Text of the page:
Escaping the Gay Lifestyle and Critiquing Pope Francis’ Politics: An Eric Metaxas Doubleheader
Last week The Eric Metaxas Show ran two more segments I recorded for Eric while he was traveling. Each is worth listening to. Both guests were provocative and insightful. Each speaks from outside the tiny ideological box imposed by the mainstream media. Neither is a guest whom NPR, the New York Times, or even much of the Christian press, would be likely to feature. So I’m all the more grateful to Eric for granting them a platform.
Finding Jesus at the Bottom
The first was Joseph Sciambra. He is also a new contributor here at The Stream. I interviewed Joseph about the whole range of LGBT issues. He brings to that a perspective that is quite literally unique. The title of his memoir says it all: Swallowed by Satan: How Our Lord Jesus Christ Saved Me from Pornography, Homosexuality, and the Occult. How does a lonely, artsy boy end up fleeing to San Francisco at the height of the AIDS epidemic? Then how does he wind up producing gay pornography and delving into dark “spiritualism”? What was it like to be pulled back out of this frightening, tragic world, into the church?
There’s no good reason to stop short of breaking one taboo after another. Not till you have gone almost all the way to the bottom.
I asked Sciambra about this, and he explained in depth. What led him into that lifestyle? A sense of being rejected by other young men. A craving for connection. The culture told him what it tells young people today. That the right way to fill his human emptiness is through erotic “self-expression.” Once you’ve adopted that, instead of a biblical moral code, as your criterion of behavior, all bets are off. There are “literally no limits,” Sciambra said. There’s no good reason to stop short of breaking one taboo after another. Not till you have gone almost all the way to the bottom of desperation and self-destruction.
It was only once he’d crashed into that bottom that Sciambra was open to the still small voice of conscience. He recalled on the air how he lay in a hospital bed with medical conditions resulting from his lifestyle. How his mother prayed over him. He felt a “palpable, personal evil” in the room, contending against his mother for his loyalty. In that moment, he found the strength to ask Christ to banish that evil. From that moment forward, he knew that he’d follow a different path. Despite rejection and scorn from friends still in the lifestyle, Sciambra sought out support from faithful Christians — and found it. Learn more from his column here, and from the moving interview below.
The Pope as a Politician
My next guest was American Spectator contributor George Neumayr. He’s a lifelong Catholic. He used to be the editor of the major religious news magazine Catholic World Report. But Neumayr has largely disappeared from officially Catholic publications in recent years. Why? Because Neumayr was one of the first to identify the sharply politicized nature of Pope Francis’ public statements. Previous popes in the past 100 years weighed in on abstract moral issues. Where necessary they linked them to current events.
But Pope Francis has done almost the reverse, Neumayr says. He has tried to serve as a statesman and shaper of world opinion. He has advanced a very distinct political agenda. But on crucial moral questions, the pope has refused to lead. For instance, the current controversy over communion for divorced and remarried Catholics. Important cardinals pointed out that his own statement on that crucial issue was so ambiguous that it has divided the church. But Pope Francis met their plea for a clarification with silence. Meanwhile he takes to Twitter and does interviews with avowed atheist journalists, addressing climate change and U.S. immigration policy.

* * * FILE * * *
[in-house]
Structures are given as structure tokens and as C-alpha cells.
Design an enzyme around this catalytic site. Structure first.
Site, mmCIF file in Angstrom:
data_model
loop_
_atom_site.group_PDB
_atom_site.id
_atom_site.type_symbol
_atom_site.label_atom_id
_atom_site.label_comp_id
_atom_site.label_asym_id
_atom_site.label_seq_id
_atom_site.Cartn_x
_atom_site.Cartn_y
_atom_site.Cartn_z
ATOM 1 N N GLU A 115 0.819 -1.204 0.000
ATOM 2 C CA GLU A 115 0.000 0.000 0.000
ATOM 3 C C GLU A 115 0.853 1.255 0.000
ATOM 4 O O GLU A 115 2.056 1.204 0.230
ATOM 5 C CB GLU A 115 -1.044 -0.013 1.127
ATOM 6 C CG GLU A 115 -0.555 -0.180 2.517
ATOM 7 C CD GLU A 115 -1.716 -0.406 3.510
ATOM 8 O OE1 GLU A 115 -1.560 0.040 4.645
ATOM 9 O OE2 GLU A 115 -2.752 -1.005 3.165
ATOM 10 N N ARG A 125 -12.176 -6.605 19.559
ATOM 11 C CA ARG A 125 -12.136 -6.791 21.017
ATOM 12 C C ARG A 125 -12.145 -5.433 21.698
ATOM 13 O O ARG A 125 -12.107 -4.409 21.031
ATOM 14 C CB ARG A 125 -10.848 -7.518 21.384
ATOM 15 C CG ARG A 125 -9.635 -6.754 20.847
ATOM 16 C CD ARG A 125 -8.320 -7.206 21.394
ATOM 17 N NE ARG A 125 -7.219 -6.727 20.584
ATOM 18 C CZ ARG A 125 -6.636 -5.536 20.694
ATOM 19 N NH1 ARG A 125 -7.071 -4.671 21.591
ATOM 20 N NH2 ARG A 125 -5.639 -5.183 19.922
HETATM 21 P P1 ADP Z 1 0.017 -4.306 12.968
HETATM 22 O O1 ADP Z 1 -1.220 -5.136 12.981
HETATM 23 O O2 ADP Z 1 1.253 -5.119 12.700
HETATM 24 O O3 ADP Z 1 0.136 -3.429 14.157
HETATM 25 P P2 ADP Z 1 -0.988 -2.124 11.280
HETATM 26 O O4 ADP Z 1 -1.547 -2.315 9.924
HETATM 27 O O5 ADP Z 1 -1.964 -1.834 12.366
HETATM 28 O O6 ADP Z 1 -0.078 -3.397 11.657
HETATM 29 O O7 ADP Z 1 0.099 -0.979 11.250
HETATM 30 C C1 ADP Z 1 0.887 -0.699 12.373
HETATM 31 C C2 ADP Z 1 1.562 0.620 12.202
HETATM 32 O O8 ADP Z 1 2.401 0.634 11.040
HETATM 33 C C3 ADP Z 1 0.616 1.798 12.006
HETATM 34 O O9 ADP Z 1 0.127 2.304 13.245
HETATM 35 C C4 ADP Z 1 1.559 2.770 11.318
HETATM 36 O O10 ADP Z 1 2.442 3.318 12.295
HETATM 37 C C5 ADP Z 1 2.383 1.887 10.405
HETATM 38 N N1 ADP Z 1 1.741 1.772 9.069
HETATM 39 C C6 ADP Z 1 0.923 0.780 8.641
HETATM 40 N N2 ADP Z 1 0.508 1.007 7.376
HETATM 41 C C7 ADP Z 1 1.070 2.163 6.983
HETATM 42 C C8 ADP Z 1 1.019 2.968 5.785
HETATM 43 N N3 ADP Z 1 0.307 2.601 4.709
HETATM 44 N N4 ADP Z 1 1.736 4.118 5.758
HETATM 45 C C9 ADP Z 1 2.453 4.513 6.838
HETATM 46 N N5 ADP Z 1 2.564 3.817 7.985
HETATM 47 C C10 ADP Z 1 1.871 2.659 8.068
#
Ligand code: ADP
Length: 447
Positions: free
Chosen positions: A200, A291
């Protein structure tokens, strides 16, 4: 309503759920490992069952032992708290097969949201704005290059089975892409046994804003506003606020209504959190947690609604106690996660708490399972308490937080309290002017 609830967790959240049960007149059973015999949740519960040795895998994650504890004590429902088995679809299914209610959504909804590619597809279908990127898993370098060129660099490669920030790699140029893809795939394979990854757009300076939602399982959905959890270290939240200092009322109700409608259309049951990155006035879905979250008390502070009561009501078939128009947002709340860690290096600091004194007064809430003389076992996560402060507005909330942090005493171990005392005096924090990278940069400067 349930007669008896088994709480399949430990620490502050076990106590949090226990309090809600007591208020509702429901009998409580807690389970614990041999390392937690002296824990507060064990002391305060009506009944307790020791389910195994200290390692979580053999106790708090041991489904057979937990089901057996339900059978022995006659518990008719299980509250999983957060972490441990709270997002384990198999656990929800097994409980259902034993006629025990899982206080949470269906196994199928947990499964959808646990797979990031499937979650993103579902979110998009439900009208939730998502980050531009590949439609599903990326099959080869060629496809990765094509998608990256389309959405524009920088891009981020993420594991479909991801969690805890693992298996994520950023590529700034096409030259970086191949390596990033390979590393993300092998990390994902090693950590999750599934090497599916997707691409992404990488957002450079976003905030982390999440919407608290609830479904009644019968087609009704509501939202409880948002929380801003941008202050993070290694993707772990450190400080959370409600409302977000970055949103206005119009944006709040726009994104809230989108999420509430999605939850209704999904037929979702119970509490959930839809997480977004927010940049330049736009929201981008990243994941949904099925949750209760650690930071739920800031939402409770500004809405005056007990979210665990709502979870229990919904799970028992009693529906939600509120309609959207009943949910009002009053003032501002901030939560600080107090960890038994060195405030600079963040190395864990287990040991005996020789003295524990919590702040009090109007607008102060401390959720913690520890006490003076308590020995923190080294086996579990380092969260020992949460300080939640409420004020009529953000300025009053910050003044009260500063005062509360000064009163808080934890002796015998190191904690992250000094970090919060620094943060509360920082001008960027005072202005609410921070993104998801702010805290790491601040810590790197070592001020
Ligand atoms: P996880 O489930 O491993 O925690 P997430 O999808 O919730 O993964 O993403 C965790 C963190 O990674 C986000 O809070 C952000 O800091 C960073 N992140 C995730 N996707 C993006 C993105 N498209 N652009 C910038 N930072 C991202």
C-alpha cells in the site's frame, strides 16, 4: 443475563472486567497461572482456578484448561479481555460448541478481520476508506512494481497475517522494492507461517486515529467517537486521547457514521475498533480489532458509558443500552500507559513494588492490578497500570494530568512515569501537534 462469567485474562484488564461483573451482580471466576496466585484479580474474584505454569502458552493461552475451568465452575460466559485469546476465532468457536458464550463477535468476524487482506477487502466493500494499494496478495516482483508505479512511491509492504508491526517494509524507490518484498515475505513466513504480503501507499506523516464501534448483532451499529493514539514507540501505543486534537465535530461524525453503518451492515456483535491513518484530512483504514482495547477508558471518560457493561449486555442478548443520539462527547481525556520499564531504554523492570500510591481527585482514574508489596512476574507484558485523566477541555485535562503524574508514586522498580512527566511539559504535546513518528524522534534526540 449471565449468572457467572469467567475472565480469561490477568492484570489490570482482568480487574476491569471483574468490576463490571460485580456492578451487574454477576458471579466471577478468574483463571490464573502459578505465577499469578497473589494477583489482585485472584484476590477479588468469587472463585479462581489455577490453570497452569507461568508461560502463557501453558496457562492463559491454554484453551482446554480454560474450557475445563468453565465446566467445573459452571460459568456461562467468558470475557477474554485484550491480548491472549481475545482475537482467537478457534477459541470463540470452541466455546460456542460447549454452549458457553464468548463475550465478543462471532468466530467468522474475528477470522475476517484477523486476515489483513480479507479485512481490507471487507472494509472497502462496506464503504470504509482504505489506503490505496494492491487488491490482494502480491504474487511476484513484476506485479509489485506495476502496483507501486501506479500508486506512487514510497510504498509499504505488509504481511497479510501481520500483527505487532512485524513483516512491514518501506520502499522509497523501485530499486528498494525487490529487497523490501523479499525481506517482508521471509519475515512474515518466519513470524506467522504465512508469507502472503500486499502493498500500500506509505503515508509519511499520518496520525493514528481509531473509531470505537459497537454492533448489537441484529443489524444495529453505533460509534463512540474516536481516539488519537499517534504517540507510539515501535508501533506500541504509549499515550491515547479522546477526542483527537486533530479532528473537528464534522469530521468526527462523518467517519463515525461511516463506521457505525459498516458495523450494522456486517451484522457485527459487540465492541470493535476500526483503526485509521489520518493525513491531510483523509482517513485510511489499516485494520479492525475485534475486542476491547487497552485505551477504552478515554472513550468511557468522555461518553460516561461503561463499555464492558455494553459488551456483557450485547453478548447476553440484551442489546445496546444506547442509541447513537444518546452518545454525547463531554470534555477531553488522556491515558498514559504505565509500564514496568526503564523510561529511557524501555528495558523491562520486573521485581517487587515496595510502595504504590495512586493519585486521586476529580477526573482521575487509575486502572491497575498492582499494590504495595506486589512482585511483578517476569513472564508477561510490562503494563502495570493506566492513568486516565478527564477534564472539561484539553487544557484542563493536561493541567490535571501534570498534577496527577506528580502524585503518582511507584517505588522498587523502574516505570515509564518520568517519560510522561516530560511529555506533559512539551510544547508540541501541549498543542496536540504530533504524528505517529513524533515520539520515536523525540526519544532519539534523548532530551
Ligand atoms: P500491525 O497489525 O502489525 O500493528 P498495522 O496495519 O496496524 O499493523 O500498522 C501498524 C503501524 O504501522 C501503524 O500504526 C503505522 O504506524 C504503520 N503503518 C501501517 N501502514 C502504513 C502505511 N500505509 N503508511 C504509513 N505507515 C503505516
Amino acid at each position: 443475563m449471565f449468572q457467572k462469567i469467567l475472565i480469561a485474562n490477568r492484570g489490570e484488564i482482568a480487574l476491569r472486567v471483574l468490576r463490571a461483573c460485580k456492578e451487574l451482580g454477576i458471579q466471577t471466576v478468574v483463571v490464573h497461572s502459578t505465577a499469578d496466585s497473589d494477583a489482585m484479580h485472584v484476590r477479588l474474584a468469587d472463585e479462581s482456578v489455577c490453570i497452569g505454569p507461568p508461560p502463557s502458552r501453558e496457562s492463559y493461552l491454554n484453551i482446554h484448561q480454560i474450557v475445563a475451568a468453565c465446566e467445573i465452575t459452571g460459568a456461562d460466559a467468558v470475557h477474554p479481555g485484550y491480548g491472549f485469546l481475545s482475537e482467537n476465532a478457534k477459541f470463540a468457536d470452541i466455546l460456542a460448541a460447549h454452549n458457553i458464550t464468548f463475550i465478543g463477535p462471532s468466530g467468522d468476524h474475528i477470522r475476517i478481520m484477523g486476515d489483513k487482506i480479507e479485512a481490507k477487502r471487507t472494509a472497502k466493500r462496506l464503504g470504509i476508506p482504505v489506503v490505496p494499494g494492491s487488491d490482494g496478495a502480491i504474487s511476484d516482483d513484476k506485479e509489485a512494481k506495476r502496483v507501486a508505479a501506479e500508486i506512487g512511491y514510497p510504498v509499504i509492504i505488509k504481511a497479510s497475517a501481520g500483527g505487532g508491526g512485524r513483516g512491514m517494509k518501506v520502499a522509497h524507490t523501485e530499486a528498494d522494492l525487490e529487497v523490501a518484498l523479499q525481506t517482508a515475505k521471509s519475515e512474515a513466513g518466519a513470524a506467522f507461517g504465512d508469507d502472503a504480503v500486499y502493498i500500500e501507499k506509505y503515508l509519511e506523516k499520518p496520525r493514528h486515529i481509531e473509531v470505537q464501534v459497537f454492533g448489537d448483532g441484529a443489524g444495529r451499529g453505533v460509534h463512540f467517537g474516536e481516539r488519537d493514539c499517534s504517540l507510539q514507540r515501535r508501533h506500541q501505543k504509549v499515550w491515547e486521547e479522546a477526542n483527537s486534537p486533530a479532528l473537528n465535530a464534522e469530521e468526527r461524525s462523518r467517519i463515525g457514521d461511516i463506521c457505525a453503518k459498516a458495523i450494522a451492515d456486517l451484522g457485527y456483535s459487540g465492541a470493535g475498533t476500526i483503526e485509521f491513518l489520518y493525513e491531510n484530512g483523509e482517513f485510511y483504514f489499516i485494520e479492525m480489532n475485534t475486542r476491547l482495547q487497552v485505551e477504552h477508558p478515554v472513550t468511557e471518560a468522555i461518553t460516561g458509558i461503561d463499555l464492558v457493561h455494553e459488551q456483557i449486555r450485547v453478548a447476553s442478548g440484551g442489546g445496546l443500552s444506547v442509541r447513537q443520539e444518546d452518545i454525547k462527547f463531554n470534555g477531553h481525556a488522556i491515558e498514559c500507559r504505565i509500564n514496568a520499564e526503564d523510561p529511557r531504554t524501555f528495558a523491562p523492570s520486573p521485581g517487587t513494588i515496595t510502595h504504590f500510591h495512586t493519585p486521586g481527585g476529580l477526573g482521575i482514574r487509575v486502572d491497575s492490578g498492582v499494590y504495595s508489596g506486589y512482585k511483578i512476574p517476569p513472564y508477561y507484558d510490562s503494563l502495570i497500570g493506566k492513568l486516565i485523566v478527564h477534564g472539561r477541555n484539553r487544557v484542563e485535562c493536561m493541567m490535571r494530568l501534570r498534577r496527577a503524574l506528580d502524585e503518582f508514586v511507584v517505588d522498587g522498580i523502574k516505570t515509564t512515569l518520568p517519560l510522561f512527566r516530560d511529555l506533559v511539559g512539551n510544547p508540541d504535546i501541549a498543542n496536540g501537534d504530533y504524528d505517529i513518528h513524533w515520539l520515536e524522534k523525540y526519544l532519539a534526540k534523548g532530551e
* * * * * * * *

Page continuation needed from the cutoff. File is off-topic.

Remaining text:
Neumayr’s new book, The Political Pope, traces Pope Francis’ political views to their roots in far-left Argentinian “populism.” That’s a movement which arose alongside Liberation Theology, Neumayr said. The two theological factions shared an essentially Marxist view of economics and politics. But “populism” rejected violent revolution. It sought to advance its goal via mass politics instead. Neumayr talked about Pedro Arrupe, the former head of the Jesuits. He promoted the young Jorge Bergoglio to leadership of all Jesuits in Argentina. Arrupe considered the non-violent advancement of Marxism perfectly acceptable for priests. Neumayr also noted the radical views of the pope’s close advisors, who implement many of his policies.
One of these is Honduran Cardinal Oscar Rodriguez Maradiaga. He denounces the free market with quotes from Fidel Castro apologists. He also demands that the U.S. open its borders to Latin America. In 2002, Maradiaga was accused of being an anti-Semitic conspiracy theorist by Harvard Professor Alan Dershowitz. Maradiaga had denied the existence of a clerical sex abuse scandal. He blamed the public furor over the subject on … Jewish media tycoons who resented the Vatican support for the Palestinians.
Another Francis-whisperer is Argentine bishop Marcelo Sánchez Sorondo. He runs two crucial Vatican congregations, one for natural science and the other for social sciences. In 2015, Sorondo stunned theologians when he told an audience that Pope Francis’ opinion on the scientific “consensus” over climate change is just as binding on Catholics as the church’s rejection of abortion.
Check out Neumayr’s new book, and listen to my interview with him on The Eric Metaxas Show.